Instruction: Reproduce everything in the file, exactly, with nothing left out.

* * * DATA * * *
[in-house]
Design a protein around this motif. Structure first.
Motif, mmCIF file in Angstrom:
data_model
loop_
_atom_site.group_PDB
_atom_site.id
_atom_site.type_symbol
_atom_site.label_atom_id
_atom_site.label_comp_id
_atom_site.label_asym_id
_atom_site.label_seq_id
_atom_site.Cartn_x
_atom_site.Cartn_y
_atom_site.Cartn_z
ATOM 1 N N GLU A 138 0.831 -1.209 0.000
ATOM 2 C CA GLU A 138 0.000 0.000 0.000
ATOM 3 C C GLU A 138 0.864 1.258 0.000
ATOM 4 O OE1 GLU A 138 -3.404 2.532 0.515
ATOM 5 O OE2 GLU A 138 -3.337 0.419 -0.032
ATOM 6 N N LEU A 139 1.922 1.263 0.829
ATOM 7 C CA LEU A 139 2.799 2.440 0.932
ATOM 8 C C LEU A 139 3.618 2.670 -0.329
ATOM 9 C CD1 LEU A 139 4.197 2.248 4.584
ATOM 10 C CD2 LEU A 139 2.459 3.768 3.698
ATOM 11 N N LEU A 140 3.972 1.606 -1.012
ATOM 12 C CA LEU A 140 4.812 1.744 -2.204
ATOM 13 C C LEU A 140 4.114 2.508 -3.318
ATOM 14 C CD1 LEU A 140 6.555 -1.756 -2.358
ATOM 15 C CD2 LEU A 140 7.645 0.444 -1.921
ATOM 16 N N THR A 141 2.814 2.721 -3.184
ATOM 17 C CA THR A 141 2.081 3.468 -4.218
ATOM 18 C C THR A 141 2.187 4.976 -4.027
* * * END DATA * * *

[in-house]
Design a protein around this motif. Structure first.
Motif, mmCIF file in Angstrom:
data_model
loop_
_atom_site.group_PDB
_atom_site.id
_atom_site.type_symbol
_atom_site.label_atom_id
_atom_site.label_comp_id
_atom_site.label_asym_id
_atom_site.label_seq_id
_atom_site.Cartn_x
_atom_site.Cartn_y
_atom_site.Cartn_z
ATOM 1 N N GLU A 138 0.831 -1.209 0.000
ATOM 2 C CA GLU A 138 0.000 0.000 0.000
ATOM 3 C C GLU A 138 0.864 1.258 0.000
ATOM 4 O OE1 GLU A 138 -3.404 2.532 0.515
ATOM 5 O OE2 GLU A 138 -3.337 0.419 -0.032
ATOM 6 N N LEU A 139 1.922 1.263 0.829
ATOM 7 C CA LEU A 139 2.799 2.440 0.932
ATOM 8 C C LEU A 139 3.618 2.670 -0.329
ATOM 9 C CD1 LEU A 139 4.197 2.248 4.584
ATOM 10 C CD2 LEU A 139 2.459 3.768 3.698
ATOM 11 N N LEU A 140 3.972 1.606 -1.012
ATOM 12 C CA LEU A 140 4.812 1.744 -2.204
ATOM 13 C C LEU A 140 4.114 2.508 -3.318
ATOM 14 C CD1 LEU A 140 6.555 -1.756 -2.358
ATOM 15 C CD2 LEU A 140 7.645 0.444 -1.921
ATOM 16 N N THR A 141 2.814 2.721 -3.184
ATOM 17 C CA THR A 141 2.081 3.468 -4.218
ATOM 18 C C THR A 141 2.187 4.976 -4.027